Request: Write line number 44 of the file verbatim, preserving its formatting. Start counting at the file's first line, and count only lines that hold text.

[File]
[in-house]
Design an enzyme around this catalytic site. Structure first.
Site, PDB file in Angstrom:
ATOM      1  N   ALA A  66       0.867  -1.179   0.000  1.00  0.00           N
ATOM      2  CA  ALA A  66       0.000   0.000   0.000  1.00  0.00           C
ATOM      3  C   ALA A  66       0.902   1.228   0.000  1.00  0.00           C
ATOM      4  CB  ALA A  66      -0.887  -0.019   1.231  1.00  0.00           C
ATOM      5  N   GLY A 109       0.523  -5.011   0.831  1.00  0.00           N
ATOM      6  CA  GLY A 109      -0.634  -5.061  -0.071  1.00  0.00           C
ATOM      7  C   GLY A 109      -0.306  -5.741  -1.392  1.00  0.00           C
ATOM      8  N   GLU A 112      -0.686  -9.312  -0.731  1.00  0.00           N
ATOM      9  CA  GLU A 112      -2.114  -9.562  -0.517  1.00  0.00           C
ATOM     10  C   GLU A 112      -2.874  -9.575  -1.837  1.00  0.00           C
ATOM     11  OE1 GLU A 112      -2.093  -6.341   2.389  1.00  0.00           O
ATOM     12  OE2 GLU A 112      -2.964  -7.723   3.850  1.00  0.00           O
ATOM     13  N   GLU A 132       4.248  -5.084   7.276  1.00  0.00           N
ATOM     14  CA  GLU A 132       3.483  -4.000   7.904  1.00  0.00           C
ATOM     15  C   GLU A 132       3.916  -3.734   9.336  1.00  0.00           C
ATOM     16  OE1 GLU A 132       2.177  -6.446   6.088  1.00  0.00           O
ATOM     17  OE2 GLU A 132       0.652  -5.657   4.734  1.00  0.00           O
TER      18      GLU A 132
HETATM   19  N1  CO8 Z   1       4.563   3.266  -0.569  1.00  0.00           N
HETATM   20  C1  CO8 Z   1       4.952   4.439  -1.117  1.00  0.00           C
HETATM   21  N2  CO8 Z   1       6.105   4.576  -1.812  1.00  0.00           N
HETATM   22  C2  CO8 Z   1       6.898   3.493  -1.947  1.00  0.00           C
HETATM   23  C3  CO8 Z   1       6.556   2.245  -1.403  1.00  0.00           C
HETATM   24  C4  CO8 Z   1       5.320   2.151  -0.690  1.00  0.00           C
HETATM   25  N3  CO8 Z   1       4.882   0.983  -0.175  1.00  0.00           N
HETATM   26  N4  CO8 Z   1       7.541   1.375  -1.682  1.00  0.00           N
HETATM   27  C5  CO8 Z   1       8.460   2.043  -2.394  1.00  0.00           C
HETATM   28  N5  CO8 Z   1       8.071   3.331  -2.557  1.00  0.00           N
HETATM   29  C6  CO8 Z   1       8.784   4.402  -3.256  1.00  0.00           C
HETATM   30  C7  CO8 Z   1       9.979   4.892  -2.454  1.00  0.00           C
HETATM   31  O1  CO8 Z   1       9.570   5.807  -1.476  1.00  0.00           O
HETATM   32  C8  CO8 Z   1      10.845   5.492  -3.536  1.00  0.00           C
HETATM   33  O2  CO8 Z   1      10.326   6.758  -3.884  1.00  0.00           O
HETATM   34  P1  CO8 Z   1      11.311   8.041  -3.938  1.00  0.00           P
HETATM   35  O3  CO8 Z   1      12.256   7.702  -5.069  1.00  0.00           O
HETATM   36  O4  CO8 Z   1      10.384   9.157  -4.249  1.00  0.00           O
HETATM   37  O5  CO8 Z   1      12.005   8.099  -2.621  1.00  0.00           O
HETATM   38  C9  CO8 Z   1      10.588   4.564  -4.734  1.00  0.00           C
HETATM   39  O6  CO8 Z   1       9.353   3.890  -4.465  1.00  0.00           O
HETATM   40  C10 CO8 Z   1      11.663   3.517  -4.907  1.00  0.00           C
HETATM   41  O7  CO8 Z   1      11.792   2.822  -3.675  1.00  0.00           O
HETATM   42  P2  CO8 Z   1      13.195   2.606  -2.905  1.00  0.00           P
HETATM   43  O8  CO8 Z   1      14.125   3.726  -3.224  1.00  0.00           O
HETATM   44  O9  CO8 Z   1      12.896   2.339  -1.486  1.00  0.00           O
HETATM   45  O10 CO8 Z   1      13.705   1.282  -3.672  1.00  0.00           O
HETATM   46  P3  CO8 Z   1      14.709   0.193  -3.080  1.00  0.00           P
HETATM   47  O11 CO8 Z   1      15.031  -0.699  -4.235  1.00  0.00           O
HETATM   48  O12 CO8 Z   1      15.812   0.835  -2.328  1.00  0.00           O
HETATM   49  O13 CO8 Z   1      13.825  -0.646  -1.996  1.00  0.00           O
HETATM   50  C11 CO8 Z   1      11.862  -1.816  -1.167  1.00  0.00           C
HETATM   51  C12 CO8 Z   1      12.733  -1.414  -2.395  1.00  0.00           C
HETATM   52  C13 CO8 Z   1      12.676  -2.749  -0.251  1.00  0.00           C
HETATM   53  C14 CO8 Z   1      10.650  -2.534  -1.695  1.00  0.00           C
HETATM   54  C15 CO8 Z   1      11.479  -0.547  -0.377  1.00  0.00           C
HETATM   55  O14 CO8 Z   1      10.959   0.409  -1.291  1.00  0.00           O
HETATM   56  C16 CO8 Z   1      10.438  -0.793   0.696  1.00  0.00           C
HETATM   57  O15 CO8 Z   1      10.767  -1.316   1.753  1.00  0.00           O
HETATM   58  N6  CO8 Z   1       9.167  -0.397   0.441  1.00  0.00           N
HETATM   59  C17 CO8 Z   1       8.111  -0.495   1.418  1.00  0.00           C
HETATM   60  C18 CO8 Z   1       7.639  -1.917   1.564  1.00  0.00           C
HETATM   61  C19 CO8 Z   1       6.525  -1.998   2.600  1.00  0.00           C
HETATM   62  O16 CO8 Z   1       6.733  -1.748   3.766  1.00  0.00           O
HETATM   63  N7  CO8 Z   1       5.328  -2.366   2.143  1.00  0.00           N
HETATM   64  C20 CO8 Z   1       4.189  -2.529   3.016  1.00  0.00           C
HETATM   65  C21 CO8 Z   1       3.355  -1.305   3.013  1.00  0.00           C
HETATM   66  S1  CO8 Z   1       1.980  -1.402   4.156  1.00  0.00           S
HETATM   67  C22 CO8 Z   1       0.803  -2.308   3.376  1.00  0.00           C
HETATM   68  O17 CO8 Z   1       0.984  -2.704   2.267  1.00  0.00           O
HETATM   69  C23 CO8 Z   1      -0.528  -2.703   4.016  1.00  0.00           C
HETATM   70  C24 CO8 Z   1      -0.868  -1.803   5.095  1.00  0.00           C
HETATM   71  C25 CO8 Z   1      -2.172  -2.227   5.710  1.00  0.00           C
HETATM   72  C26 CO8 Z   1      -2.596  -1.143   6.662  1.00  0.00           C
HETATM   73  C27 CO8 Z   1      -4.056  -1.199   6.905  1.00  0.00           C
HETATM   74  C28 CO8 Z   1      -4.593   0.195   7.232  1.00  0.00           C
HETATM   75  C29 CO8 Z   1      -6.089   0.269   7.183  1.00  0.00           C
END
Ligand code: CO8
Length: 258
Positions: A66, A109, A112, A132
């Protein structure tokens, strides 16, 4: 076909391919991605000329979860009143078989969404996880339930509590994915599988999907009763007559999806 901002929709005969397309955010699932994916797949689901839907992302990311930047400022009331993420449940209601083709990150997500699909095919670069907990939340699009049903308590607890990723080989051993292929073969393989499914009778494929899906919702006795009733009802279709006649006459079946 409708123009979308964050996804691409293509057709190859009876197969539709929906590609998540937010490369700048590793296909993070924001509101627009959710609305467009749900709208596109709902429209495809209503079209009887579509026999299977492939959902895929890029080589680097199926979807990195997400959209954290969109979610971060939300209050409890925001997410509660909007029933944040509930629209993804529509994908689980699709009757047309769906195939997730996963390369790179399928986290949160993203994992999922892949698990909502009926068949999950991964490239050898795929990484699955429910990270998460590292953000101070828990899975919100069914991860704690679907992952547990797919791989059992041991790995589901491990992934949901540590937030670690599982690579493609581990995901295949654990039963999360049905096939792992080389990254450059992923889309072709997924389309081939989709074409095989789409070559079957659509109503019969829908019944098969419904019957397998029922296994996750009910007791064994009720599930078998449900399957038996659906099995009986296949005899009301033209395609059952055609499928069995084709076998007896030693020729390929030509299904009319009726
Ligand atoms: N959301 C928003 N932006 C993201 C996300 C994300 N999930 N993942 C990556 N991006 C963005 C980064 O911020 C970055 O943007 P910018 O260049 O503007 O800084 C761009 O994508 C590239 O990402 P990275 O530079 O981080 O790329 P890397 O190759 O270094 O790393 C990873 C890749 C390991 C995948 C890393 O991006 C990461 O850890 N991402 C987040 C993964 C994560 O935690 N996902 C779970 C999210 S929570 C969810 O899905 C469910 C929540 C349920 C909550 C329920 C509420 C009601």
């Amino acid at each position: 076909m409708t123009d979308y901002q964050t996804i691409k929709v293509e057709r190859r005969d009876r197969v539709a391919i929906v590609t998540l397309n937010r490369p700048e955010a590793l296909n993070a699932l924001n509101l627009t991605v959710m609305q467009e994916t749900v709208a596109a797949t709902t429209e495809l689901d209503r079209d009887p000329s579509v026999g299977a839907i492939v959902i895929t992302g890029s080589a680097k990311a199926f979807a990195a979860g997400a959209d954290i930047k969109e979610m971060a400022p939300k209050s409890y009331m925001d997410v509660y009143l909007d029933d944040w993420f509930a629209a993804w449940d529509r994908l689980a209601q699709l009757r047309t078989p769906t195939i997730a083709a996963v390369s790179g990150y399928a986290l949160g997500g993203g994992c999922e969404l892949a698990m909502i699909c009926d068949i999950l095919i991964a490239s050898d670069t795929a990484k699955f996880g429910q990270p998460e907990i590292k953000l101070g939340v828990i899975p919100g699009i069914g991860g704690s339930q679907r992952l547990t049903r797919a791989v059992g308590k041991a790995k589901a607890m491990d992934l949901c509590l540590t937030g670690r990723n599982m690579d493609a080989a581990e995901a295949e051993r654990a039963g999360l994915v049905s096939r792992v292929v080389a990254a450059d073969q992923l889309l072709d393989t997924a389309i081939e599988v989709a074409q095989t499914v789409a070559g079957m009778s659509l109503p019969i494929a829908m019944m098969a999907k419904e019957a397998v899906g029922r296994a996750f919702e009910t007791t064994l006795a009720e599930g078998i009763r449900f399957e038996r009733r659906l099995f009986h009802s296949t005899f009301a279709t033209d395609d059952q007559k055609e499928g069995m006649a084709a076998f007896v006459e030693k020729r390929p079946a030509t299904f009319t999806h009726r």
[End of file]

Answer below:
HETATM   41  O7  CO8 Z   1      11.792   2.822  -3.675  1.00  0.00           O